MacHeist

And we’re back with our annual MacHeist controversy. John Gruber writes:

The controversy isn’t over the deal, but over whether this sort of promotion is a good business strategy.

I don’t think so. The people who participated did so knowing what they would get themselves into. They’re free to screw up their businesses if they are so inclined. However, the indie developers who did not participate had no say in the whole thing, and I’m wondering how MacHeist affects them.

So I most of the criticism and positive feedback for MacHeist is kind of missing the mark. Rather than arguing about whether MacHeist is good for the participating developers, or whether it’s good for MacHeist’s customers, or whether it’s a nice experience, or whether the participating developers are getting great marketing, I would be interested in knowing how it affects the Mac software market as a whole.

What influence does Espresso being in the bundle have on Coda? Does the fact that a hundred thousand people1 will effectively get a free copy of Espresso hurt Coda? Does it negatively impact the amount of money people are willing to pay for an app like Coda or Espresso or BBEdit or TextMate? Does MacHeist hurt Panic’s business, or Bare Bones’ business, or MacroMates’ business?2

How does the fact that a hundred thousand people will have The Hit List impact the Mac market for task management software? How does WireTap Studio being in the bundle affect Rogue Amoeba’s business? How does Acorn’s sudden wide distribution affect Pixelmator and Iris and GraphicConverter?

I think the real question isn’t whether participating devs get a good deal (that’s for the participating developers to decide), or whether customers have a great experience (that’s for each customer to decide). The real question is how it impacts the indie software market as a whole.

Does MacHeist hurt the amount of money people are willing to pay for great Mac software? Does it hurt the market for indie software?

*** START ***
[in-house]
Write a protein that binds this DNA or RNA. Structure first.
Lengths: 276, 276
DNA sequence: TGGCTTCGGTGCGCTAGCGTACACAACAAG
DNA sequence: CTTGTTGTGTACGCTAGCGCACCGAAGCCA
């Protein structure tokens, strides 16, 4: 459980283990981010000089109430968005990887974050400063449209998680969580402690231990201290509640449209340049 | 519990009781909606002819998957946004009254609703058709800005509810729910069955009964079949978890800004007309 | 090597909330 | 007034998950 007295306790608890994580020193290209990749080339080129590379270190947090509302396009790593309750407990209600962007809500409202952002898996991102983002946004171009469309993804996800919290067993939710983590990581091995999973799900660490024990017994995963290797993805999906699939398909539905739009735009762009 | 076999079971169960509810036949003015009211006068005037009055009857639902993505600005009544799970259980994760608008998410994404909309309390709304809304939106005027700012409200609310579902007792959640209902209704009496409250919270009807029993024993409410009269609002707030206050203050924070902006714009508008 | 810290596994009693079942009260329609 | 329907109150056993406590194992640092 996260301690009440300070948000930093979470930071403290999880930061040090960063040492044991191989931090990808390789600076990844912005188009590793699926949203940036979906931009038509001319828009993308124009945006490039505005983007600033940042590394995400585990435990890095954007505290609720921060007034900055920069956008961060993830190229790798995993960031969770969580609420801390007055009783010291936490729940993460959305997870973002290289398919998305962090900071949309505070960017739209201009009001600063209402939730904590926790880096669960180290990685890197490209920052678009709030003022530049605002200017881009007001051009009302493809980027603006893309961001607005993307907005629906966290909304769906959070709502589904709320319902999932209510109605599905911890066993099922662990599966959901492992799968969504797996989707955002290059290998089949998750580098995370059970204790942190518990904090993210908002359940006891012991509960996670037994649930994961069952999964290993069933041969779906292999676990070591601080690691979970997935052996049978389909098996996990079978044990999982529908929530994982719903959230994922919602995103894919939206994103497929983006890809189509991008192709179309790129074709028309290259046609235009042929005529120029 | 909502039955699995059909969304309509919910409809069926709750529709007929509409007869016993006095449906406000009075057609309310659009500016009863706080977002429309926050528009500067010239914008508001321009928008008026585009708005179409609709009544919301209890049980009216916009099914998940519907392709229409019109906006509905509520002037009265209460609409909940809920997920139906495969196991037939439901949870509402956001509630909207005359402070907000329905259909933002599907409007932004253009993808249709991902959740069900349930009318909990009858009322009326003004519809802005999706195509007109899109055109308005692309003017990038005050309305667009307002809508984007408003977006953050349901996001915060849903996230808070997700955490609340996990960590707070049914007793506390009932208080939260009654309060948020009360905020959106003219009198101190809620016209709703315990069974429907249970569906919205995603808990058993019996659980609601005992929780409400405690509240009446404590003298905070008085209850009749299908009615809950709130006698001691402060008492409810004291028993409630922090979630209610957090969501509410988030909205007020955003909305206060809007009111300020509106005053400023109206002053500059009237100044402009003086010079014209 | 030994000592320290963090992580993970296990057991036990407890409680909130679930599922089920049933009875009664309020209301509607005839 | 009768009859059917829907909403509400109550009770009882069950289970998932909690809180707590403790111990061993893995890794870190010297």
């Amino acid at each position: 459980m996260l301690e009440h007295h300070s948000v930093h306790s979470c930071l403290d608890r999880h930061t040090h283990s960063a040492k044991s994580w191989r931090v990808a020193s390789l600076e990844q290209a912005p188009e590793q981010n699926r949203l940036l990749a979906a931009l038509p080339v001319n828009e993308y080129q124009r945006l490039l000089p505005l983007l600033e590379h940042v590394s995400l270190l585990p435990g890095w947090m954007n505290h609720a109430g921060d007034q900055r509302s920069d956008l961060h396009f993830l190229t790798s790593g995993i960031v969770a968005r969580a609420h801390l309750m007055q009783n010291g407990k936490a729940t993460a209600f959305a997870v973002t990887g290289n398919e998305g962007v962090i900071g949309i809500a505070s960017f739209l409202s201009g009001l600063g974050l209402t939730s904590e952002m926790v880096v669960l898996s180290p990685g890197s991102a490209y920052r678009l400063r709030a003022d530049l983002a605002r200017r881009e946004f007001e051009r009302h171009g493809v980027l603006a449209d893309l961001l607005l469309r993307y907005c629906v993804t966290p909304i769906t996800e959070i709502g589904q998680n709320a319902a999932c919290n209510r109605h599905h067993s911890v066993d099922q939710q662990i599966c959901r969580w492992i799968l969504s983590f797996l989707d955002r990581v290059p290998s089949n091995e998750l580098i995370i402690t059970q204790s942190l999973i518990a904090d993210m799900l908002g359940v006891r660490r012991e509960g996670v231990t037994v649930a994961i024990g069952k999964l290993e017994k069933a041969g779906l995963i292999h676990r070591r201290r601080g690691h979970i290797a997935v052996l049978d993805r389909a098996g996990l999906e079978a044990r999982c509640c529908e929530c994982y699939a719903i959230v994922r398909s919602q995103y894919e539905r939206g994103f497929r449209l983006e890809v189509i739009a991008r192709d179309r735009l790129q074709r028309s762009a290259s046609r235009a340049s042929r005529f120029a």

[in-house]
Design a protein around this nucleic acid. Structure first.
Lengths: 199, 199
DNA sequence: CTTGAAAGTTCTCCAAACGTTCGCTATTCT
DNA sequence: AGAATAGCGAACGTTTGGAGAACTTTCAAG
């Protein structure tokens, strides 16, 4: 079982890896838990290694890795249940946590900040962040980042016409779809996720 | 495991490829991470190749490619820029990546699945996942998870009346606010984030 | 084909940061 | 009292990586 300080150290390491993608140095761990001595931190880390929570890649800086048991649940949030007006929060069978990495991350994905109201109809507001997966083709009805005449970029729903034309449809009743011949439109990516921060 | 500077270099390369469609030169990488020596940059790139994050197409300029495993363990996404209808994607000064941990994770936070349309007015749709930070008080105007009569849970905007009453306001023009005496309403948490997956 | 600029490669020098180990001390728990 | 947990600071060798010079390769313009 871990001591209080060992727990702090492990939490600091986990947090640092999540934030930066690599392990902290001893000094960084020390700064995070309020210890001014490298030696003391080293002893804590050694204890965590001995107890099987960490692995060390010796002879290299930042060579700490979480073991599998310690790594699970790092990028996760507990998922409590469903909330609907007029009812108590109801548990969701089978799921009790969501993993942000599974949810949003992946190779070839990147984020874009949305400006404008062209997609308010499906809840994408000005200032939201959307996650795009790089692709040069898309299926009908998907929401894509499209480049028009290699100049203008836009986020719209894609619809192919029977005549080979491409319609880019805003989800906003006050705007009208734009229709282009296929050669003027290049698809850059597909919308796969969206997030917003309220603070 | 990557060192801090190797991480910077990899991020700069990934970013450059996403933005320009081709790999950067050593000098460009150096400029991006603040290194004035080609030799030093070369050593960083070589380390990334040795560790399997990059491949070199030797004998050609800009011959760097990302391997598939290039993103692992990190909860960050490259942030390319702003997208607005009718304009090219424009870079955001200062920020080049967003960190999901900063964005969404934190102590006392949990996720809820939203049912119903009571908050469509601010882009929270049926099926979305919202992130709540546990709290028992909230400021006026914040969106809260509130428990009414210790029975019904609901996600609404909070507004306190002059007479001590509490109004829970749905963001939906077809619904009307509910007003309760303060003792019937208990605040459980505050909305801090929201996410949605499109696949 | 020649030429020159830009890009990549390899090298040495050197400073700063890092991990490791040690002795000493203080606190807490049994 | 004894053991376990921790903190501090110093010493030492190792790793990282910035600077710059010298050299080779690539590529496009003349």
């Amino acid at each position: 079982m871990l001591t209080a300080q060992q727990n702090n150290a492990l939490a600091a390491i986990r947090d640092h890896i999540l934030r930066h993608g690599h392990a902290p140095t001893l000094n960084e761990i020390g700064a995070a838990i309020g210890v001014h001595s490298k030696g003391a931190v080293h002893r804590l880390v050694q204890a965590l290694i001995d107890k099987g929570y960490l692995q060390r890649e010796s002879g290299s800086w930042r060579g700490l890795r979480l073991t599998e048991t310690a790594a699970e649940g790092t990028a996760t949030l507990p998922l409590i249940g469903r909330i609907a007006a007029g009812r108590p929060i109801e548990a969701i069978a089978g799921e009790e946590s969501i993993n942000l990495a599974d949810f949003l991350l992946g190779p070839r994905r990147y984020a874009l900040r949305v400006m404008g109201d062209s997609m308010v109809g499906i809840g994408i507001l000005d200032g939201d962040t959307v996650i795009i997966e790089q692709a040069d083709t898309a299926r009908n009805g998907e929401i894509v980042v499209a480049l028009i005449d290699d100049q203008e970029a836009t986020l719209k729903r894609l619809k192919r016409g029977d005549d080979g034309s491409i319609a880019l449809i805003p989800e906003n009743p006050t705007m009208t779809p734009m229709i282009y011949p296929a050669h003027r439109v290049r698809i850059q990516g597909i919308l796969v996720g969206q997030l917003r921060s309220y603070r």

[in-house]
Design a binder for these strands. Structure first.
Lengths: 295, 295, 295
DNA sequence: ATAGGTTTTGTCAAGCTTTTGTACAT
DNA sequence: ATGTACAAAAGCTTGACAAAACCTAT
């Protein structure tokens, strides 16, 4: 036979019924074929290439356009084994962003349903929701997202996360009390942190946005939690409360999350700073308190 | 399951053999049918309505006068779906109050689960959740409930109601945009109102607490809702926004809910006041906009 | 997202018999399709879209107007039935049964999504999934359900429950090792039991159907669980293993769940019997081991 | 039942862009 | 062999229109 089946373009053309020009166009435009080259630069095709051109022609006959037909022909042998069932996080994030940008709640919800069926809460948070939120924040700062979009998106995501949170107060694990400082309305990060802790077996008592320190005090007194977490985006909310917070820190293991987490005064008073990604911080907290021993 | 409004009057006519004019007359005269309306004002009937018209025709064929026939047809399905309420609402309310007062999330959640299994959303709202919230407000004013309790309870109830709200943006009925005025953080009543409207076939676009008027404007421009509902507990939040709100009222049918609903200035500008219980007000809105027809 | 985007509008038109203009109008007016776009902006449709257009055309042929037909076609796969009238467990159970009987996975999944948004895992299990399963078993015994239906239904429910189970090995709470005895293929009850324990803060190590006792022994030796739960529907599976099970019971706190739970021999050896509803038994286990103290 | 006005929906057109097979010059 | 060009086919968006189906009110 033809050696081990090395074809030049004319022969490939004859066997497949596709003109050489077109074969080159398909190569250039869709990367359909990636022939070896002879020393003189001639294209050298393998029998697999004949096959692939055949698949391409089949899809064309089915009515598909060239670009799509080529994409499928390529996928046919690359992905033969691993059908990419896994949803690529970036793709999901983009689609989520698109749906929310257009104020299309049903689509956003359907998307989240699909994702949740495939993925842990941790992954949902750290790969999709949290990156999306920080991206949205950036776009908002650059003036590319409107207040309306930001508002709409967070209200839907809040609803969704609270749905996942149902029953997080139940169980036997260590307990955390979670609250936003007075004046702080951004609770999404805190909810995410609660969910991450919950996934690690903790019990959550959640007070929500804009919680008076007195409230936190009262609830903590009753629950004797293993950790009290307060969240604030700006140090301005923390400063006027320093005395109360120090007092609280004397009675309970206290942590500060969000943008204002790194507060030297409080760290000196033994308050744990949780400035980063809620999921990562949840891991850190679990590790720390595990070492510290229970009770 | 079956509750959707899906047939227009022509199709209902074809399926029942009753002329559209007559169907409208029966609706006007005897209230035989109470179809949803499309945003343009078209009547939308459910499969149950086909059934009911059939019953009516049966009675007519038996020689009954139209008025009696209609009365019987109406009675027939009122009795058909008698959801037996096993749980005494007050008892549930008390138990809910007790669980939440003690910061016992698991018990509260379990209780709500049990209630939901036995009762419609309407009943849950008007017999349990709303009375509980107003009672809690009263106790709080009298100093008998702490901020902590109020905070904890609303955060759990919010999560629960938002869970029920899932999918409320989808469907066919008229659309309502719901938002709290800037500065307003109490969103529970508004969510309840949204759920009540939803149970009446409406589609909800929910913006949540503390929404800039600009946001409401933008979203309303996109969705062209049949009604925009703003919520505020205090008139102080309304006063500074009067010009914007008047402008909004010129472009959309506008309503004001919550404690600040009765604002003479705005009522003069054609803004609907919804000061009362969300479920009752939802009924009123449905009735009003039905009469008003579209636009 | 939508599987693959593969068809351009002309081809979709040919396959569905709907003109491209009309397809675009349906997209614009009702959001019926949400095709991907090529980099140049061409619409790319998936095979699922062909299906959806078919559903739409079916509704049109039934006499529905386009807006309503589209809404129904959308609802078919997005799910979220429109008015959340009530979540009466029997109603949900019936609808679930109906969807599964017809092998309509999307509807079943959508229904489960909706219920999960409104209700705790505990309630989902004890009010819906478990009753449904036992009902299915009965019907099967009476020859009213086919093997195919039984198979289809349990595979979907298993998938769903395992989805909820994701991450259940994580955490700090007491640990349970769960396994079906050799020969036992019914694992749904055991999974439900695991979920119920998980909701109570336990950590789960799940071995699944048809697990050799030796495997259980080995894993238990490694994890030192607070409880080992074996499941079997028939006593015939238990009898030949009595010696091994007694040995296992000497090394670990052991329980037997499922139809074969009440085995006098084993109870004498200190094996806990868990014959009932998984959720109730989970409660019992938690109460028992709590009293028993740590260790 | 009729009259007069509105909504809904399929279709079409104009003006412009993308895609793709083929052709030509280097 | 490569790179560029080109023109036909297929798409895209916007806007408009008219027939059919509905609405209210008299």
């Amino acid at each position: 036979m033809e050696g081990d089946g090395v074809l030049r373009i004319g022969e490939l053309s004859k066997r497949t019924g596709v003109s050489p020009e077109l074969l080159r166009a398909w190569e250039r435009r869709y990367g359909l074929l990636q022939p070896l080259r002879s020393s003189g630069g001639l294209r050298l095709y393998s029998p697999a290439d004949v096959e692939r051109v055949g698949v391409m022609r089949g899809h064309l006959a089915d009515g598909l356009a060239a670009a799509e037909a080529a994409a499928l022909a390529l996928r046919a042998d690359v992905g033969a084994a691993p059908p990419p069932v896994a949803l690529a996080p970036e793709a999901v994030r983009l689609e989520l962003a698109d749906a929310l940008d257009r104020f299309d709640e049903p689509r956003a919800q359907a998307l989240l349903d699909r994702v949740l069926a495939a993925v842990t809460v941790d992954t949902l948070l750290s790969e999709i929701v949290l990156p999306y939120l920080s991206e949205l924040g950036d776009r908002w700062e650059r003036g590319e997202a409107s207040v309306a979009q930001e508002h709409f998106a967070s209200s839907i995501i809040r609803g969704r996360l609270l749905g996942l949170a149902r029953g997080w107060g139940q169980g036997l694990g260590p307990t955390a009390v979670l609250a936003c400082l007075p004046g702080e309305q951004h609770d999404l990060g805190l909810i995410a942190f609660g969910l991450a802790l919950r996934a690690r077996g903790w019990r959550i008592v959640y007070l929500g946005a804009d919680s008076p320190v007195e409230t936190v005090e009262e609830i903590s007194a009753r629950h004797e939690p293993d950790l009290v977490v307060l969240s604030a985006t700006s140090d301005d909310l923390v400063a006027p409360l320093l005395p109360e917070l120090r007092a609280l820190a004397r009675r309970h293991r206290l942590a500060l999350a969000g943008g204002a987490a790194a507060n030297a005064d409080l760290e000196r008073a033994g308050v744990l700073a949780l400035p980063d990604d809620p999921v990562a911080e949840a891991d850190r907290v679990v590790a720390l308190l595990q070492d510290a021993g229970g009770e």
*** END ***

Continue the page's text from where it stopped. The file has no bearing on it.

I honestly have no clue whether it does, and because the Mac hardware market is growing and because these companies are private companies, it’s probably impossible to get any hard numbers on this. But if it did negatively affect the market for great Mac software, it might be something to consider when deciding whether to buy into MacHeist. Because I want Panic to put money into updating Coda, and I want Bare Bones to be able to afford maintaining BBEdit for a long time to come.


  1. I’m guessing total sales based on current sales and remaining time. back

  2. Yes, I realize that some of these companies have participated in earlier MacHeists. I don’t think it pertains to my argument. back

If you require a short url to link to this article, please use http://ignco.de/84

designed_for_use_small

If you liked this, you'll love my book. It's called Designed for Use: Create Usable Interfaces for Applications and the Web. In it, I cover the whole design process, from user research and sketching to usability tests and A/B testing. But I don't just explain techniques, I also talk about concepts like discoverability, when and how to use animations, what we can learn from video games, and much more.

You can find out more about it (and order it directly, printed or as a DRM-free ebook) on the Pragmatic Programmers website. It's been translated to Chinese and Japanese.